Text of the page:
August 4, 2017 / 7:27 AM / a year ago

Shanghai stocks post 7th week of gains, bolstered by strong resources

SHANGHAI, Aug 4 (Reuters) - Shanghai stocks fell on Friday, but managed to notch their seventh straight week of gains, bolstered by the continued robust performance of resources firms.

The blue-chip CSI300 index fell 0.5 percent, to 3,707.58 points, while the Shanghai Composite Index lost 0.3 percent to 3,262.08 points.

For the week, the CSI300 was down 0.4 percent, while the SSEC gained 0.3 percent.

Material firms, whose earnings benefited from a construction boom and rising prices amid the government’s push to trim excess capacity, pared gains in the afternoon as investors locked in profits following their rally. But the outperforming sector still gained 5.5 percent for the week.

China has vowed to deepen its structural reforms to cut excess capacity in inefficient sectors, which has tended to push up materials prices.

Investors are also awaiting a flurry of data in coming weeks that could show steady growth in China in July, even as the economy navigates a tighter policy environment.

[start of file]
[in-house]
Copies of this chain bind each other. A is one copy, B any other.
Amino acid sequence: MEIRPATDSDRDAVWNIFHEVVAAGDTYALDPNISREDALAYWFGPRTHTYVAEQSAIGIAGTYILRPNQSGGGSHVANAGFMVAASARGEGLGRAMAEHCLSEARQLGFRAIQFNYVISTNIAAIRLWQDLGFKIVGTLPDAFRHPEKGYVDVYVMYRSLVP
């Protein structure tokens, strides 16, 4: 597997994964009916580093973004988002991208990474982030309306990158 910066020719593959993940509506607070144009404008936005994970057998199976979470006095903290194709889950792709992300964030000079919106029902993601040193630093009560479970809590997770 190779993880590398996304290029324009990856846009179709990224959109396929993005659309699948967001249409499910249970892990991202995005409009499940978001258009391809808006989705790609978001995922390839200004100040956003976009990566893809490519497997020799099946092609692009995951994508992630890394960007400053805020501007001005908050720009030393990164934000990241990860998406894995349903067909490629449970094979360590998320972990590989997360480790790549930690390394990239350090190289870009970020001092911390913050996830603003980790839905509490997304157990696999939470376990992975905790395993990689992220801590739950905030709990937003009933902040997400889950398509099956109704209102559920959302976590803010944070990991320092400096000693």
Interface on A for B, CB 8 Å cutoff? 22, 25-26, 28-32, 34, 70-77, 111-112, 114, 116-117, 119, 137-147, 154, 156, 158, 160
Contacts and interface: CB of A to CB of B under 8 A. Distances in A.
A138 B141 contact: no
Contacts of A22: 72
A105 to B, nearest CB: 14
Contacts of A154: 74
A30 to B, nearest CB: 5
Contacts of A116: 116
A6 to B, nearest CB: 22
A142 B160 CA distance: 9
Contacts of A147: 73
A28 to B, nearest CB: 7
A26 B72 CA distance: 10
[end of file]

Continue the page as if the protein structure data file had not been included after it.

Baoshan Iron & Steel, the country’s largest steelmaker, advanced 4.1 percent to a more than 2-year high. The stock has gained 27.6 percent this year.

“The strong rally in cyclicals, including steelmakers and non-ferrous metals producers, is not over yet, as valuations for those firms remain low,” Changjiang Securities said in a report.

In sharp contrast with the sustained strength in blue chips, start-up shares remained sluggish, with the ChiNext losing 0.8 percent on Friday, as slumping profits at leading tech firms turned investors away.

Speculation in small-cap shares with dim growth prospects has been gradually waning, as investors attach more importance to performance and fundamentals, the official Xinhua news agency reported, commenting on the recent developments in the stock markets.

Most sectors lost ground on Friday.

Consumer and real estate stocks dragged on the market, while gains were seen in industry and energy firms. (Reporting by Luoyan Liu and John Ruwitch; Editing by Lisa Twaronite)

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